[8] _Ibid._, p. 160. (Observe that this is a direct reference to

[9] _Op. cit._

[10] _Op. cit._, p. 161.

[11] _Ibid._

[12] Third Edition, p. 54.

[13] _Mind_, Vol. XI, p. 166 f.

[14] _Ibid._, p. 166.

[15] _Ibid._

[16] _Op. cit._, p. 170.

[17] _Ibid._

[18] _Op. cit._, p. 172.

[19] _Ibid._

[20] _Op. cit._



The "psychological method," as so far presented, is an outline which
must be developed in detail before its philosophical import is revealed.
For several years following the publication of his first articles in
_Mind_ Dewey was occupied with the task of working out his method in
greater detail, and giving it more concrete form. His thought during
this period follows a fairly regular order of development, which is to
be sketched in the present chapter.

In 1887 Dewey published in _Mind_ an article entitled "Knowledge as
Idealisation."[21] This article is, in effect, a consideration of one of
the special problems of the "psychological method." If reality is an
eternal and all-inclusive consciousness, in which sensations and
meanings are ordered according to a rational system, what must be the
nature of the finite thought-process which apprehends this reality? In
his previous articles Dewey had proposed the "psychological method" as
an actual mode of investigation, and questions concerning the nature of
the human thought-process naturally forced themselves upon his

The thought-process is, to begin with, a relating activity which gives
meaning to experience. Says Dewey: "When Psychology recognizes that the
relating activity of mind is one not exercised _upon_ sensations, but
one which supplies relations and thereby makes meaning (makes
experience, as Kant said), Psychology will be in a position to explain,
and thus to become Philosophy."[22] This statement raises the more
specific question, what is meaning?

Every idea, Dewey remarks, has two aspects: existence and meaning.
"Recognizing that every psychical fact does have these two aspects, we
shall, for the present, confine ourselves to asking the nature,
function and origin of the aspect of meaning or significance--the
content of the idea as opposed to its existence."[23] The meaning aspect
of the idea cannot be reduced to the centrally excited image existences
which form a part of the existence-aspect of the idea. "I repeat, as
existence, we have only a clustering of sensuous feelings, stronger and
weaker."[24] But the thing is not perceived as a clustering of feelings;
the sensations are immediately interpreted as a significant object.
"Perceiving, to restate a psychological commonplace, is interpreting.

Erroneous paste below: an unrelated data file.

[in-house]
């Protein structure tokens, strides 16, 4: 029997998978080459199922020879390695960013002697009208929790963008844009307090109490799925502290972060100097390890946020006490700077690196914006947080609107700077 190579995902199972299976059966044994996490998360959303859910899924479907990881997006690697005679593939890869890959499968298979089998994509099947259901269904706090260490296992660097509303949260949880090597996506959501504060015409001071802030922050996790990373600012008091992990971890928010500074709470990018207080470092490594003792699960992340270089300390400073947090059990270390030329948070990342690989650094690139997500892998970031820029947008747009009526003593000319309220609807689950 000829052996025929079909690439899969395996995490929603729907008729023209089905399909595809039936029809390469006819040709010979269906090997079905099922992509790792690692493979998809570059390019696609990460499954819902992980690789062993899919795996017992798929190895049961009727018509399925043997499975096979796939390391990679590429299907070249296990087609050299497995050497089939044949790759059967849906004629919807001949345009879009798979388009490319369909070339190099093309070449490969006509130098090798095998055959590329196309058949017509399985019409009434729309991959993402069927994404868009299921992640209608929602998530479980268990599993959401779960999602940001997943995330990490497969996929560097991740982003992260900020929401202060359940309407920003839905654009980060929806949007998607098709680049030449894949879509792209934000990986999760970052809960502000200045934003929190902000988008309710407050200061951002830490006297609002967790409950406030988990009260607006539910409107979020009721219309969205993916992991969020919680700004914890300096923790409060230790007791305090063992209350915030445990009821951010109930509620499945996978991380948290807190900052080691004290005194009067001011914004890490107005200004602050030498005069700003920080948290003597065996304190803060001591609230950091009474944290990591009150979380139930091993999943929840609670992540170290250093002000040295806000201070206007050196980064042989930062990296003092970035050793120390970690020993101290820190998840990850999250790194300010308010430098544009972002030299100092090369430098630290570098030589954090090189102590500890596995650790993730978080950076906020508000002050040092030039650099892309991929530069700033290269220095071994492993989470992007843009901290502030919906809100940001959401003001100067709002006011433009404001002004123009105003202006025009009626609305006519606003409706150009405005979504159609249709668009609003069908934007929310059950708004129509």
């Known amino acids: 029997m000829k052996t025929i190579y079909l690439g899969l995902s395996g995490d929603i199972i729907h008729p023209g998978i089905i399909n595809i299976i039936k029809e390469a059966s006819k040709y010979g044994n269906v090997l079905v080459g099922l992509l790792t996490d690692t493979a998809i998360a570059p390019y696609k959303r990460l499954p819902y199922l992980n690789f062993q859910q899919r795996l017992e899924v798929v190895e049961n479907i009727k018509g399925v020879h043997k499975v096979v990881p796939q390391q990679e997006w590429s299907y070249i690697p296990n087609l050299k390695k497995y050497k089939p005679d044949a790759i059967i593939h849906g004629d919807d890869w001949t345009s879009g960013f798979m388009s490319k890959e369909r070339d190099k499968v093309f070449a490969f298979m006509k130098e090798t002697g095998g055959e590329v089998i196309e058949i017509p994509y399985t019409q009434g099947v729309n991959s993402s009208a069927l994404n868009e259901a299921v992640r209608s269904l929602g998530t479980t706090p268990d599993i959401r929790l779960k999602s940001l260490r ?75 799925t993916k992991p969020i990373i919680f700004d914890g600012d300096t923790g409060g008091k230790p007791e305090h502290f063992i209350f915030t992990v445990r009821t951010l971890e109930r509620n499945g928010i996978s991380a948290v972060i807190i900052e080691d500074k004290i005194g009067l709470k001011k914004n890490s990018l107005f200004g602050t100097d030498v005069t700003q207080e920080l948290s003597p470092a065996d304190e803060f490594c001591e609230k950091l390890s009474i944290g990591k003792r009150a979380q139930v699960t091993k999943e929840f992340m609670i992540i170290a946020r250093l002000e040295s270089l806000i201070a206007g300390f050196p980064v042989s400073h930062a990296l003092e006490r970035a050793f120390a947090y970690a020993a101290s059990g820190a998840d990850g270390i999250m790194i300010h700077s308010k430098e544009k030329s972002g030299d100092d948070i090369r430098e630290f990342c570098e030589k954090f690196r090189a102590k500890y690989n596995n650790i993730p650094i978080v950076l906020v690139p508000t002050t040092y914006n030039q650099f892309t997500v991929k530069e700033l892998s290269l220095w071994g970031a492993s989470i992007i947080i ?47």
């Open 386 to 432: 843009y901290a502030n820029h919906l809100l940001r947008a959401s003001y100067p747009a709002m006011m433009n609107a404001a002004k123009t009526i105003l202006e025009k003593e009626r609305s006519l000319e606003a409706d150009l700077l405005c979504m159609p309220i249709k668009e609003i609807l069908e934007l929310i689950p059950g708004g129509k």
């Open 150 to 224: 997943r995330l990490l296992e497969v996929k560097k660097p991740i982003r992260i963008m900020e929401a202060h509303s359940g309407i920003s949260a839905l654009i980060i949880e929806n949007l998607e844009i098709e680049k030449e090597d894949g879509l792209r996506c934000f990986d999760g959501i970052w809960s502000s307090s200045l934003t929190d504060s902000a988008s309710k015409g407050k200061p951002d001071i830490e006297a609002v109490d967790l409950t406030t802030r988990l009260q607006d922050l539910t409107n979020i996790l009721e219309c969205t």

The content of the perception is what is signified."[25] Dewey's
treatment of sensations, at this point, is somewhat uncertain. If it be
a manifold that is given to the act of interpretation, Kant's difficulty
is again presented. The bare sensations taken by themselves mean
nothing, and yet everything does mean something in being apprehended.
The conclusion should be that there is no such thing as mere existence.
Dewey's judgment is undecided on this issue. "It is true enough," he
says, "that without the idea _as existence_ there would be no
experience; the sensuous clustering is a condition _sine qua non_ of
all, even the highest spiritual, consciousness. But it is none the less
true that if we could strip any psychical existence of all its qualities
except bare existence, there would be nothing left, not even existence,
for our intelligence.... If we take out of an experience all that it
_means_, as distinguished from what it _is_--a particular occurrence at
a certain time, there is no psychical experience. The barest fragment of
consciousness that can be hit upon has meaning as well as being."[26] An
interpretation of reality as truly organic would treat mechanical
sensation as a pure fiction. But Dewey clings to 'existence' as a
necessary 'aspect' of the psychical fact. The terms and relations never
entirely fuse, although they are indispensable to each other. There is
danger that the resulting view of experience will be somewhat angular
and structural.

At one point, indeed, Dewey asserts that there is no such thing as a
merely immediate psychical fact, at least for our experience. "So far is
it from being true that we know only what is _immediately_ present in
consciousness, that it should rather be said that what is _immediately_
present is never known."[27] But in the next paragraph Dewey remarks:
"That which is immediately present is the sensuous existence; that which
is known is the content conveyed by this existence."[28] The sensation
is not known, and therefore probably not experienced. In this case Dewey
is departing from his own principles, by introducing non-experienced
factors into his interpretation of experience. The language is
ambiguous. If nothing is immediately given, then the sensuous content is
not so given.

The 'sensuous existences' assumed by Dewey are the ghosts of Kant's
'manifold of sensation.' The difficulty comes out clearly in the
following passage: "It is indifferent to the sensation whether it is
interpreted as a cloud or as a mountain; a danger signal, or a signal of
open passage. The auditory sensation remains unchanged whether it is
interpreted as an evil spirit urging one to murder, or as intra-organic,
due to disordered blood-pressure.... It is not the sensation in and of
itself that means this or that object; it is the sensation as
associated, composed, identified, or discriminated with other
experiences; the sensation, in short, as mediated. The whole worth of
the sensation for intelligence is the meaning it has by virtue of its
relation to the rest of experience."[29]

There is an obvious parallel between this view of experience and Kant's.
Kant, indeed, transcended the notion that experience is a structure of
sensations set in a frame-work of thought forms; but the first